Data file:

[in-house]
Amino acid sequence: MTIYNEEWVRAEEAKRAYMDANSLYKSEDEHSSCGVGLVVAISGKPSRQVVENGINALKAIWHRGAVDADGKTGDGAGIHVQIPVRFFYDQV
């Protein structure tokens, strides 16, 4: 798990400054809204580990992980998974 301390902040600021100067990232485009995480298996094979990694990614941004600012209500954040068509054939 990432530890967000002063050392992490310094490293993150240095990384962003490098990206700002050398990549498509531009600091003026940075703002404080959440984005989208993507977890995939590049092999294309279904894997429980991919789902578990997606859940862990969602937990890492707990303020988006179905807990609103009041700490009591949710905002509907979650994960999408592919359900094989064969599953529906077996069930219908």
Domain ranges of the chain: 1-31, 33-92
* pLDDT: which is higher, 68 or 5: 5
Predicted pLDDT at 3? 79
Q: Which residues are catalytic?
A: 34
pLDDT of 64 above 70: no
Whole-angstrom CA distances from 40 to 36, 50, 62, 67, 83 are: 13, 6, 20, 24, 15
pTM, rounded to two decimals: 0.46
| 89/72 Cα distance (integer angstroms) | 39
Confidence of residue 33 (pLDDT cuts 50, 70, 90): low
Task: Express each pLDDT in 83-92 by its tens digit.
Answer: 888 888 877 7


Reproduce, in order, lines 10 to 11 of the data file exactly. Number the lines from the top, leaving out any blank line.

Whole-angstrom CA distances from 40 to 36, 50, 62, 67, 83 are: 13, 6, 20, 24, 15
pTM, rounded to two decimals: 0.46